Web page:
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CCD Sensor used in Dunlap Observatory Cassegrain Spectrograph

This instrument is an electrical assembly supporting a silicon sensor charge-coupled device. It consists of a metal base and two plastic circuit boards mounted on top of each other, with the upper piece containing the main component – the silicon sensor. The beige circuit boards are stacked about a 4cm apart and are attached using a series of metal columns, which are affixed using metal screws, and by very thin metal wires protected by plastic tubes.

There are two larger black PVC insulated wires connecting the upper circuit board to the CCD sensor. The sensor is framed by a yellow and seafoam green ceramic package. The entire unit is screwed to a larger metal plate underneath, likely used as a mount. There is a bundle of copper wires protruding through a hole in the centre of the plate. They are soldered to a copper square with a central hole. There are various electrical components attached to the circuit board, including resistors, capacitors, and a low noise amplifier.

Accession Number: 2022.ast.286

Alternative Name: Charge-coupled device

Primary Materials:

Iron Alloy, Copper Alloy, PVC, Silicon, Ceramic


On steel mount:
“126 AP FALF” (carved)
On bottommost circuit board:
“DDO” (carved)
“PCB 2700004 REV.G ASSY. 0100025– REV. S/N” (etched)
“S88” (carved)
On microchip mounted to bottommost circuit board:
“S NE5534AN QFP3857 8749VH”
On resistor mounted to bottommost circuit board:
On capacitor mounted to bottommost circuit board:
On upper circuit board:
“DDO 22” (carved)
“ASSY # 0100172 REV S/N 22 TH1K PCB 2700092 REV –” (etched)

Dimensions (cm): Height = 9, Width 12.5, Length = 8.5


CCDs are used as a modern replacement to a photographic plate. They work by employing the photoelectric effect. When a photon that has entered the telescope hits an electron on the silicon sensor with enough energy, the transfer of energy be sufficient to liberate the electron from the silicon atom altogether. A capacitor that lies underneath then collects electrons and translates the data to an electrical signal. CCDs are used in imaging, photometry, and spectroscopy. In spectroscopy, light enters the spectrometer, is then collimated by collimating optics, and then dispersed by one or more diffraction gratings, before being focused onto the CCD detector. Information from the detector is then sent to a computer for analysis.Because CCDs are so sensitive, they must be cooled as to reduce or eliminate noise caused by heat exposure. This CCD was cooled using a liquid-nitrogen cooling system. CCDs can also have coatings that increase their electromagnetic range. For instance, an ultra-violent enhancement coating converts UV photons into long-er wavelength photons. It is unclear whether this CCD has an enhancement coating.


The overall condition of the system is excellent. The photosensitive surface and circuitry have no obvious signs of damage. There are some superficial scratches on the metal mount, though they are merely cosmetic. There is some wear on one edge of the top of the upper circuit board, though it does not seem like it would affect functionality.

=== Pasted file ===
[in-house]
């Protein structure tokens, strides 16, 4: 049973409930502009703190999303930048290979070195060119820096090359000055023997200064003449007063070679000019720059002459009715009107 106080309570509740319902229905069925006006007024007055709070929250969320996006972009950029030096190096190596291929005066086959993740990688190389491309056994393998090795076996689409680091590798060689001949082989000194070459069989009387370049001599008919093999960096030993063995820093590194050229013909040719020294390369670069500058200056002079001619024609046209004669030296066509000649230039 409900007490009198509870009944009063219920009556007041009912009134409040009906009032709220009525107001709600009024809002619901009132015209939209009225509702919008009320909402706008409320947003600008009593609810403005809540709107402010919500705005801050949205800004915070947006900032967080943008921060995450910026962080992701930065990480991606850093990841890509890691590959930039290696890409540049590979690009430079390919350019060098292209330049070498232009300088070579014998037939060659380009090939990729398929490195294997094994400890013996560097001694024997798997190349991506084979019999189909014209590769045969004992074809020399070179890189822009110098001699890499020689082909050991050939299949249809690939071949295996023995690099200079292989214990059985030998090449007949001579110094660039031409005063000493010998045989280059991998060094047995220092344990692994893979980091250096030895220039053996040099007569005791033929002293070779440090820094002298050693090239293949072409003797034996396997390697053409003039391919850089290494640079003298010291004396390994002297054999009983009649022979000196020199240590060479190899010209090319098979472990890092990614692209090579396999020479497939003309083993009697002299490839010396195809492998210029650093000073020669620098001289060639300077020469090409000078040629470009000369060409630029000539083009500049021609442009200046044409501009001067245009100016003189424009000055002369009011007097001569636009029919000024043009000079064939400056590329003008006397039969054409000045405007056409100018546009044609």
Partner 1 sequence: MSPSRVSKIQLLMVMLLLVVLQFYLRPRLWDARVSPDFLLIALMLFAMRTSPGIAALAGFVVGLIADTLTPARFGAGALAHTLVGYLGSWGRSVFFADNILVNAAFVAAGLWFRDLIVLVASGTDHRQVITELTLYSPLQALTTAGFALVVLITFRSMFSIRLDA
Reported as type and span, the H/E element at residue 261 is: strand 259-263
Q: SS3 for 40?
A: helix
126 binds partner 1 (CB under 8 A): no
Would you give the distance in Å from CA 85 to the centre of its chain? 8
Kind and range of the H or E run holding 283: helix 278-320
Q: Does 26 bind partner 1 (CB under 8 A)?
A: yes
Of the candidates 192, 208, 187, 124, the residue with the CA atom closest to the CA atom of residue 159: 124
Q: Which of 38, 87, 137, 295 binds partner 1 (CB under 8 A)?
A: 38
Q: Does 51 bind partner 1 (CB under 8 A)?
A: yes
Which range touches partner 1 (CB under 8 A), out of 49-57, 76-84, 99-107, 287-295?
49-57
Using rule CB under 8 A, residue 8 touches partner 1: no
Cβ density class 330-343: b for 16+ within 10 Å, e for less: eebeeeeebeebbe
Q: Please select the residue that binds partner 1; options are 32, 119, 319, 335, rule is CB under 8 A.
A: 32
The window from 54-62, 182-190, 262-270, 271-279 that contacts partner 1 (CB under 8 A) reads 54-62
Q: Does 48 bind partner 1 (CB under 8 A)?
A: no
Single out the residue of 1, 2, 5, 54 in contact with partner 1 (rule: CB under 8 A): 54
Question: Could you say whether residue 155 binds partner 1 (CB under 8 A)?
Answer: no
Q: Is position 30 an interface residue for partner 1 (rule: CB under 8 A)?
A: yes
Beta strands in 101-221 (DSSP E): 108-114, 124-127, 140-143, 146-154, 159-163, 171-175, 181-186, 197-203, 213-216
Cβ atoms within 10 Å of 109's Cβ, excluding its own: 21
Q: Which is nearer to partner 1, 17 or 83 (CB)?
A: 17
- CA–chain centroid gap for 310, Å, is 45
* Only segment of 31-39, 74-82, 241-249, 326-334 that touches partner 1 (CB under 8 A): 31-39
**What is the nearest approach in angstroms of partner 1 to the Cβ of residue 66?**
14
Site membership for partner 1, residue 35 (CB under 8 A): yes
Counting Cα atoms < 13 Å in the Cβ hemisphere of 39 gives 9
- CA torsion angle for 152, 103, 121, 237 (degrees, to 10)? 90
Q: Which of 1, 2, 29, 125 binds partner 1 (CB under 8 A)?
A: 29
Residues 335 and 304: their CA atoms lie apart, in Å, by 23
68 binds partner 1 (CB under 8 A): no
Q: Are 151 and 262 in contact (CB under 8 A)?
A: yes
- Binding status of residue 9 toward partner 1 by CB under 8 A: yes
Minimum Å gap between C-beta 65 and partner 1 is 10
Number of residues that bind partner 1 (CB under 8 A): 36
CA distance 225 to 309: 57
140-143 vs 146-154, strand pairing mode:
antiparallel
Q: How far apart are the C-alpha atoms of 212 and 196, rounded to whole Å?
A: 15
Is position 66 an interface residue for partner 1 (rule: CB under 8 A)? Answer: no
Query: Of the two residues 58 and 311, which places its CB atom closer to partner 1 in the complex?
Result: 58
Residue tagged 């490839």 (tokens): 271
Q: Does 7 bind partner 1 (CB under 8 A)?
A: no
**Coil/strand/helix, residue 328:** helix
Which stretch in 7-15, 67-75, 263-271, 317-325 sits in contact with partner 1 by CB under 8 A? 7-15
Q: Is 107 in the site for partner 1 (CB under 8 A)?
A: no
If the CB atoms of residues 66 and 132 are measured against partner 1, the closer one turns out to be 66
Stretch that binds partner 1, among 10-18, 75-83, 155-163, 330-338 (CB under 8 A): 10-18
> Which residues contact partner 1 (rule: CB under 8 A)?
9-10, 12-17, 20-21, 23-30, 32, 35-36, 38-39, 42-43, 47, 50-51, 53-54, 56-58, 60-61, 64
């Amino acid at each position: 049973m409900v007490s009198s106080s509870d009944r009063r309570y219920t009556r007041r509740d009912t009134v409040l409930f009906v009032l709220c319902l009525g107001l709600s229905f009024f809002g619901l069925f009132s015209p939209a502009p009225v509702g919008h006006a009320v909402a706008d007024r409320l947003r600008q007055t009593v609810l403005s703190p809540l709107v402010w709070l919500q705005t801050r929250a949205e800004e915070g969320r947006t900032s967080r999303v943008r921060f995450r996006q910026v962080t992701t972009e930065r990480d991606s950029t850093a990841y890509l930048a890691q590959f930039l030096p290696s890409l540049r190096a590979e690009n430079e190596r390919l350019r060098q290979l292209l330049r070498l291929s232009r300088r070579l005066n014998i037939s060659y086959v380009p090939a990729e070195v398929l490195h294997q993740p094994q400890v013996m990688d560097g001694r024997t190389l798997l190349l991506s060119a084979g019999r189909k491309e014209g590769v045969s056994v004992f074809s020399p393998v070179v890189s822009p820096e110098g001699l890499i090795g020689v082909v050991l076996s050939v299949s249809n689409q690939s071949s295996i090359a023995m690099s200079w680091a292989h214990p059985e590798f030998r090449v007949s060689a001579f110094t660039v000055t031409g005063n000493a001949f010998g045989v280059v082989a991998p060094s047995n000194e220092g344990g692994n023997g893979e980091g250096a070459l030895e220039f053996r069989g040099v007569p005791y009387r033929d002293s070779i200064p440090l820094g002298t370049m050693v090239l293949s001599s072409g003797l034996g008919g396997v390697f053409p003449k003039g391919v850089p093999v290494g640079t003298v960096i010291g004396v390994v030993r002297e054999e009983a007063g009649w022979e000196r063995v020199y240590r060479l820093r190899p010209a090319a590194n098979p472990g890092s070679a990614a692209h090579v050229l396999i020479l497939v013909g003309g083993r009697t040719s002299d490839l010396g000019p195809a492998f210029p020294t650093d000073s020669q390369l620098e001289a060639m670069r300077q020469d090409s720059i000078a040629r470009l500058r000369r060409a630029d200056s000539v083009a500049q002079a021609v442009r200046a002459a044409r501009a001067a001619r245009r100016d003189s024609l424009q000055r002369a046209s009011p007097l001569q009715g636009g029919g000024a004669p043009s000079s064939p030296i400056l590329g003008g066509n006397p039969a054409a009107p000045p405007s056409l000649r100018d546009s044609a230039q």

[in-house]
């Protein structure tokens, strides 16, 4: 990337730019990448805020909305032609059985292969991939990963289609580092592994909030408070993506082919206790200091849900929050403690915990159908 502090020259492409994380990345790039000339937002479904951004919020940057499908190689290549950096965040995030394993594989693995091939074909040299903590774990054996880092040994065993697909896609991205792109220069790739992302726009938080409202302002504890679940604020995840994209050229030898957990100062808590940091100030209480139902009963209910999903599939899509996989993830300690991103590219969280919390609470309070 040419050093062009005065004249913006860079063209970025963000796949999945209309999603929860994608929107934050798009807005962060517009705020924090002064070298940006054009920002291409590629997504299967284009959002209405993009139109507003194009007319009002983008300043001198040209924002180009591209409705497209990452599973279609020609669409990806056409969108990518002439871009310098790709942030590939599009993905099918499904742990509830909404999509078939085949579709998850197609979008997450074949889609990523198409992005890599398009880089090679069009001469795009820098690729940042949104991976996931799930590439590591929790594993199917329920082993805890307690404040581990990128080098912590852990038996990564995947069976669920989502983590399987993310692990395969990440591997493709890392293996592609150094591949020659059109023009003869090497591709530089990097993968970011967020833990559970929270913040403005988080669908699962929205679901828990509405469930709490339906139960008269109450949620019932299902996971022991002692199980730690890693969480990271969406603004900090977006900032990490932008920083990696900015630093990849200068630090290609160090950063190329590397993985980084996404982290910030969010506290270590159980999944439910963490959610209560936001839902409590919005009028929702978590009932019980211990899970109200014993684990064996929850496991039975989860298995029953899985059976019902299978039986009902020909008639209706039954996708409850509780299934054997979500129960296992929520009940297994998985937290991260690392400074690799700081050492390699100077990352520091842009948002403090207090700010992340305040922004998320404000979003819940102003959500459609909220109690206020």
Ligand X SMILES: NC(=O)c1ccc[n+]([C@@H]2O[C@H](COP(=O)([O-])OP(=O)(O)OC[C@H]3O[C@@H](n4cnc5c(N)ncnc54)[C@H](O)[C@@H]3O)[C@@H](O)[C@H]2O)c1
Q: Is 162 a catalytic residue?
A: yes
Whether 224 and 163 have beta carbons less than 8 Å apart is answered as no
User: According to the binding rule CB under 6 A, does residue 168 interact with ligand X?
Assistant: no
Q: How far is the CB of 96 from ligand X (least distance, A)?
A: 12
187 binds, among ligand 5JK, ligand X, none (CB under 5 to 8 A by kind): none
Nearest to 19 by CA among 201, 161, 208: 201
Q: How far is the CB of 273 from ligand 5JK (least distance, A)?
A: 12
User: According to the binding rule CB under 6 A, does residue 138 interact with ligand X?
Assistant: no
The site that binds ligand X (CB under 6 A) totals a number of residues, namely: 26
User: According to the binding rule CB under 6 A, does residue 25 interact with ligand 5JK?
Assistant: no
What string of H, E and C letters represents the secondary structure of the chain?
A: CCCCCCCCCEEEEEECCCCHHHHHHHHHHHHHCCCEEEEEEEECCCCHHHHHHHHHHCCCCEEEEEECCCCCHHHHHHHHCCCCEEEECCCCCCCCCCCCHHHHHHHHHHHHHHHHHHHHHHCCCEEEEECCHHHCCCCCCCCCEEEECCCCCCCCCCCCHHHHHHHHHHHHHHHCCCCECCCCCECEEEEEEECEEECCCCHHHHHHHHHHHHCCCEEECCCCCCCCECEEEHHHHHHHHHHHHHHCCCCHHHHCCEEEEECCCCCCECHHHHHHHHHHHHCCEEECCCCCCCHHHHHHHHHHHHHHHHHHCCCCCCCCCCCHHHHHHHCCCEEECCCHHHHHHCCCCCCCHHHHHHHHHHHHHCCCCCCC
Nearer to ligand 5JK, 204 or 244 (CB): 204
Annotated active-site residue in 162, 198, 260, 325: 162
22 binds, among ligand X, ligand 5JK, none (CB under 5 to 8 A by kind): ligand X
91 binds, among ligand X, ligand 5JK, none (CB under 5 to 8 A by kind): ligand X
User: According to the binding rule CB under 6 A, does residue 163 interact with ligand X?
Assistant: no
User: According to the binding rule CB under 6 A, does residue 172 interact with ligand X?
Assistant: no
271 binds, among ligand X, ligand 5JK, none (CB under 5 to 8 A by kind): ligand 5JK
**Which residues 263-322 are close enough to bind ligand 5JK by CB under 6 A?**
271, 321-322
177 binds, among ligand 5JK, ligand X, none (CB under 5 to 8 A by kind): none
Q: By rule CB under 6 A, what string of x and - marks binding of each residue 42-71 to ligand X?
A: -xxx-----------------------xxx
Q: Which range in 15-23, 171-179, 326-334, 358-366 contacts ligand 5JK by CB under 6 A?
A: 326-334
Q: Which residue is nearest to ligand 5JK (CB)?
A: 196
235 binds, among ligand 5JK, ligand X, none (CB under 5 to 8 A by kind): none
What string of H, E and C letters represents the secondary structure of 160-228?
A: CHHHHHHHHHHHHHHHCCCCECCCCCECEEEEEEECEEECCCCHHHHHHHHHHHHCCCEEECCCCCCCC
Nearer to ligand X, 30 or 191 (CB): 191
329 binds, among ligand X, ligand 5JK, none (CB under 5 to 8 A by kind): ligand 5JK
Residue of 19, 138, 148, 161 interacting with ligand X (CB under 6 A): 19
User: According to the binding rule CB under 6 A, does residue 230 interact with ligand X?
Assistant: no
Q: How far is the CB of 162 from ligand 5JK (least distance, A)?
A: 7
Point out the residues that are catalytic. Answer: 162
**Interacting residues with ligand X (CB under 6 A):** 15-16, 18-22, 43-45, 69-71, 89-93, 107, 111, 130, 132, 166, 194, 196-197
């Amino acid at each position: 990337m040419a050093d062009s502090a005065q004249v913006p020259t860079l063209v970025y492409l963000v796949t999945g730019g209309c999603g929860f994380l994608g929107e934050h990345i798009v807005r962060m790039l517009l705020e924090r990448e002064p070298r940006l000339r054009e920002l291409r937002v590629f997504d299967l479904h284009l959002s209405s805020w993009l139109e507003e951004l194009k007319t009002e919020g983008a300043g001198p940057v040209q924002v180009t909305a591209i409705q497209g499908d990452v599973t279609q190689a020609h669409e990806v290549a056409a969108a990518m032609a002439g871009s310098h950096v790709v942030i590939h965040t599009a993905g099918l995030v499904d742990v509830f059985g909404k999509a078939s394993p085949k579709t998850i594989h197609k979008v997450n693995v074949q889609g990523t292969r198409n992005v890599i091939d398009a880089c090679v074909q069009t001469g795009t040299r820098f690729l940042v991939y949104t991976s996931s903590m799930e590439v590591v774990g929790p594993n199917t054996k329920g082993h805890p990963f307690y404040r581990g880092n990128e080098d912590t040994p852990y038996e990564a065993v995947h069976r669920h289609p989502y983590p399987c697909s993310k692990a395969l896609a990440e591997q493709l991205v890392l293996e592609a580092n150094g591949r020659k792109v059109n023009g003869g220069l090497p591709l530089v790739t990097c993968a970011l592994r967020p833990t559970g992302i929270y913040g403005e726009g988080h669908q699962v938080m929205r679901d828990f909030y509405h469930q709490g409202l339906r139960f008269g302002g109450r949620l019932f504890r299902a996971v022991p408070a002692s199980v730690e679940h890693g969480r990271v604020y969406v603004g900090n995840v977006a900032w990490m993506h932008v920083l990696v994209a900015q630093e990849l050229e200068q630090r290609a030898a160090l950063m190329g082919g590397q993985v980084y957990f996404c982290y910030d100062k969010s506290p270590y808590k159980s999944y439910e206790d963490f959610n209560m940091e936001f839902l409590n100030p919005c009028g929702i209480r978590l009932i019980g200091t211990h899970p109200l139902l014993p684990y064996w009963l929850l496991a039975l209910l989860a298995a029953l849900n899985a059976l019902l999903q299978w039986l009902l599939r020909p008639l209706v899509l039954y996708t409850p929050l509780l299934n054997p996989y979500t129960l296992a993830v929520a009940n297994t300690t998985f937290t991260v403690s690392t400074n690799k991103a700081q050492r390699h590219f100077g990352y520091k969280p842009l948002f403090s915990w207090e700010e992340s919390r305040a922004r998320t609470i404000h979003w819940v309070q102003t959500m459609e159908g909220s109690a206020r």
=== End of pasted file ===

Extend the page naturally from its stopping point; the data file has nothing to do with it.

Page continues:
Associated Instruments:

Manufacturer: Thomson/Photometrics (Likely)

Date of Manufacture: Early 1990s (Estimated)


This instrument was donated by Dunlap Institute Associate Professor Dr. Suresh Sivanandam in September of 2018.

Historical Notes:

Used in conjunction with the 74” telescope at the David Dunlap Observatory, this CCD was used as a detector in a spectrograph, likely Echelle, mounted in the broken Cassegrain configuration. In this configuration, light enters the telescope, is then reflected by the primary mirror onto the secondary mirror, then reflected back down through a hole in the primary mirror, and finally “broken” by a third mirror (which is normally folded up inside), diverting the path to an Echelle spectrograph mounted near the base. This CCD is likely one of the three Thomson/Photometrics THX31156 detectors that were used prior – about 2003-2004. See link under “Additional Information and References” for THX#1, THX#2, and THX#3.

Because it is unclear which of the three CCDs this artifact is, there are different possible reasons for its retirement. It may have been retired upon the purchase of a new, more modern Jobin-Yvon CCD. It may have also been replaced after having been damaged by a power surge. While there is no physical indication of this, it is not uncommon for CCDs of this era to have been damaged this way. Very small unwanted electrical voltages, which would leave no marks at all, can cause malfunction. Even static electricity generated by contact by technicians can interfere with a CCD’s performance. Technicians must take precaution, wearing anti-static clothing and bracelets connected to the laboratory ground.

As this CCD was used with the Echelle spectrograph, which contained two diffraction gratings, its spectral resolution was higher than that of the alternate Cassegrain spectrograph. Professor Slavek Rucinski explains, “But a higher resolution means that fewer photons are registered per a resolution element (or detector pixel). This limits the range of observable objects with the [Echelle spectrograph] to only bright stars. In our case these were stars brighter than about 5 – 6th magnitude. Our [Cassegrain Spectrograph] permitted observations of fainter objects, to about 10-12 mag, but at a much lower spectral resolution. The research goals are normally the main driver for selection of a specific spectrograph, depending [on] what is more important: the spectral resolution or the faintness of accessible objects.”

Thanks to Professor Slavek Rucinski for this information.



  • Donated to UTSIC